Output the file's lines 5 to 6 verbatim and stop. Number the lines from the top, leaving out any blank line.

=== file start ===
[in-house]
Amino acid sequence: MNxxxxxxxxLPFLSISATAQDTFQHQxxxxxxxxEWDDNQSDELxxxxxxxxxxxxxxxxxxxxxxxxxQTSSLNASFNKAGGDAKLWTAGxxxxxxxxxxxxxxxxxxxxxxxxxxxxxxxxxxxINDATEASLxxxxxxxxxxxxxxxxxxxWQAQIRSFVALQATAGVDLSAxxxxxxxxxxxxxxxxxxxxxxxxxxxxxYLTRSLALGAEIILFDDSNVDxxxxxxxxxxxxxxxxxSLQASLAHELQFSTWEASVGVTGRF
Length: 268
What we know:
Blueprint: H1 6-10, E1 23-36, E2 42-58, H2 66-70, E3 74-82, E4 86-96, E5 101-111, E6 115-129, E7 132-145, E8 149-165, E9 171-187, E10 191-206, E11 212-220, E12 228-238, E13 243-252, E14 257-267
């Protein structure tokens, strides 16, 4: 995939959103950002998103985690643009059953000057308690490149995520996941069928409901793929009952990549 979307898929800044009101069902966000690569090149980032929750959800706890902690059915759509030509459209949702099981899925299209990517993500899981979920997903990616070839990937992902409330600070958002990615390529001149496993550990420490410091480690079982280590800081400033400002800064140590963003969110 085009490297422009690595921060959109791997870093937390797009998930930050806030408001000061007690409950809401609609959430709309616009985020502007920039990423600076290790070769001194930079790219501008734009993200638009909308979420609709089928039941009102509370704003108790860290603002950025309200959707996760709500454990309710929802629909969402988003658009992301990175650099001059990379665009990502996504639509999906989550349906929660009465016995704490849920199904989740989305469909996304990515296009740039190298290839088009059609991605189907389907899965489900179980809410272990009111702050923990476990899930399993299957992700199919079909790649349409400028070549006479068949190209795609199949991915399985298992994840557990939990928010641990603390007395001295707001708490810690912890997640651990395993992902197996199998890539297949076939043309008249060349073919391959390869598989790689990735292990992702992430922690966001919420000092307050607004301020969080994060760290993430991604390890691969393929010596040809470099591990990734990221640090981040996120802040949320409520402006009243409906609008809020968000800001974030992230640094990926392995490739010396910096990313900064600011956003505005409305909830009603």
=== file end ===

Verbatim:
Blueprint: H1 6-10, E1 23-36, E2 42-58, H2 66-70, E3 74-82, E4 86-96, E5 101-111, E6 115-129, E7 132-145, E8 149-165, E9 171-187, E10 191-206, E11 212-220, E12 228-238, E13 243-252, E14 257-267
């Protein structure tokens, strides 16, 4: 995939959103950002998103985690643009059953000057308690490149995520996941069928409901793929009952990549 979307898929800044009101069902966000690569090149980032929750959800706890902690059915759509030509459209949702099981899925299209990517993500899981979920997903990616070839990937992902409330600070958002990615390529001149496993550990420490410091480690079982280590800081400033400002800064140590963003969110 085009490297422009690595921060959109791997870093937390797009998930930050806030408001000061007690409950809401609609959430709309616009985020502007920039990423600076290790070769001194930079790219501008734009993200638009909308979420609709089928039941009102509370704003108790860290603002950025309200959707996760709500454990309710929802629909969402988003658009992301990175650099001059990379665009990502996504639509999906989550349906929660009465016995704490849920199904989740989305469909996304990515296009740039190298290839088009059609991605189907389907899965489900179980809410272990009111702050923990476990899930399993299957992700199919079909790649349409400028070549006479068949190209795609199949991915399985298992994840557990939990928010641990603390007395001295707001708490810690912890997640651990395993992902197996199998890539297949076939043309008249060349073919391959390869598989790689990735292990992702992430922690966001919420000092307050607004301020969080994060760290993430991604390890691969393929010596040809470099591990990734990221640090981040996120802040949320409520402006009243409906609008809020968000800001974030992230640094990926392995490739010396910096990313900064600011956003505005409305909830009603």